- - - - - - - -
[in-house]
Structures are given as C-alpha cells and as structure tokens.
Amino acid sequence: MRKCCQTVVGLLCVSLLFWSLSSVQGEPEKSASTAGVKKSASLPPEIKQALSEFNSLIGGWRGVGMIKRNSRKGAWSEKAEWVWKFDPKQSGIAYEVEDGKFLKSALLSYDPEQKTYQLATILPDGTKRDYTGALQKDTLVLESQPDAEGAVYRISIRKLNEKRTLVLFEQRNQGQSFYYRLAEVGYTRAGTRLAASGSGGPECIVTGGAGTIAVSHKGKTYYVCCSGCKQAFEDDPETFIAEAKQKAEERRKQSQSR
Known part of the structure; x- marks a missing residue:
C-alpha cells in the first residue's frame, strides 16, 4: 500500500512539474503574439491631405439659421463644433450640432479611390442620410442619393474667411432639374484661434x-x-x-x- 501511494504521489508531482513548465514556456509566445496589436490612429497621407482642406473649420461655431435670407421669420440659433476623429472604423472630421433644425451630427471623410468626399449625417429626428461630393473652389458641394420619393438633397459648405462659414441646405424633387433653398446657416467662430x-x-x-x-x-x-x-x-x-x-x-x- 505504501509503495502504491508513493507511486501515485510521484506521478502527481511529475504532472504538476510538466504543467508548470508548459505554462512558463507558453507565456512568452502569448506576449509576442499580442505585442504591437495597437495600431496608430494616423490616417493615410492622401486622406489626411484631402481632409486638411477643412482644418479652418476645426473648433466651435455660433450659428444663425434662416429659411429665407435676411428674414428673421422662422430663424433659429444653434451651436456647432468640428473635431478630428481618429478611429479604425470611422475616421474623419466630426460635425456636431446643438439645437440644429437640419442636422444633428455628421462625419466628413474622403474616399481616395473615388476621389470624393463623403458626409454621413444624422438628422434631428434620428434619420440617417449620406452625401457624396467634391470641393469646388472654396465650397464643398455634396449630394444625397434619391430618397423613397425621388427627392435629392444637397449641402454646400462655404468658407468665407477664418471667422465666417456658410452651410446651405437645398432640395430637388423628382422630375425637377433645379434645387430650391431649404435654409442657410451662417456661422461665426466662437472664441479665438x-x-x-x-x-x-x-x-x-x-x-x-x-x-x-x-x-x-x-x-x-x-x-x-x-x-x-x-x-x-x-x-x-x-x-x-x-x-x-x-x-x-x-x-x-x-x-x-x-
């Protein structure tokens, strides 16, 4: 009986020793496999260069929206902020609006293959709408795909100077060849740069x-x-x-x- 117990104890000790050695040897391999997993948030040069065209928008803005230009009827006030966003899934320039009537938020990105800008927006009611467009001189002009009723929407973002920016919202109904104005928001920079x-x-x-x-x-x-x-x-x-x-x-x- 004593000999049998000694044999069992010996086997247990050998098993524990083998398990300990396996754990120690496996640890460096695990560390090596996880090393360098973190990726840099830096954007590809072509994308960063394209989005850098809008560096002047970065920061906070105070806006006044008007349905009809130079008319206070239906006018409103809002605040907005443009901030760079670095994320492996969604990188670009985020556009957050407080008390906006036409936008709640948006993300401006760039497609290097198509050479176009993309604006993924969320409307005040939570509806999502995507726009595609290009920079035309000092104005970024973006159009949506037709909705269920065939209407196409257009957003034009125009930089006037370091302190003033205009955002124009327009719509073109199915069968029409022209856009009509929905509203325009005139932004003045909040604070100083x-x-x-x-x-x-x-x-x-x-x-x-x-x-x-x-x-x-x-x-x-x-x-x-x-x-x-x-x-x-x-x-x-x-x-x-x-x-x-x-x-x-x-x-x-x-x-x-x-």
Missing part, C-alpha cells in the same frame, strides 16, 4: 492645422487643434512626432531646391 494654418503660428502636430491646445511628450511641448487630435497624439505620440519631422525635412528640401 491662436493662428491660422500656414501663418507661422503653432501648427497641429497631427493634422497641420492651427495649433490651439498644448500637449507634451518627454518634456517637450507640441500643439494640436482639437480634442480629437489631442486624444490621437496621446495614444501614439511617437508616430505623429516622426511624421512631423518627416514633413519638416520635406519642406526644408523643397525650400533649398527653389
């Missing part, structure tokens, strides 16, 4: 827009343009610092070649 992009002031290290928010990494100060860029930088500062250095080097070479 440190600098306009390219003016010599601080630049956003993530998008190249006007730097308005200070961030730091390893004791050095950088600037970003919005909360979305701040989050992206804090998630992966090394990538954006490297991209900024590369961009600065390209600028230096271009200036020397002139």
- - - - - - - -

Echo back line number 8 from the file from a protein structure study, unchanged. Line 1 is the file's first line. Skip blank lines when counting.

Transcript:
């Missing part, structure tokens, strides 16, 4: 827009343009610092070649 992009002031290290928010990494100060860029930088500062250095080097070479 440190600098306009390219003016010599601080630049956003993530998008190249006007730097308005200070961030730091390893004791050095950088600037970003919005909360979305701040989050992206804090998630992966090394990538954006490297991209900024590369961009600065390209600028230096271009200036020397002139």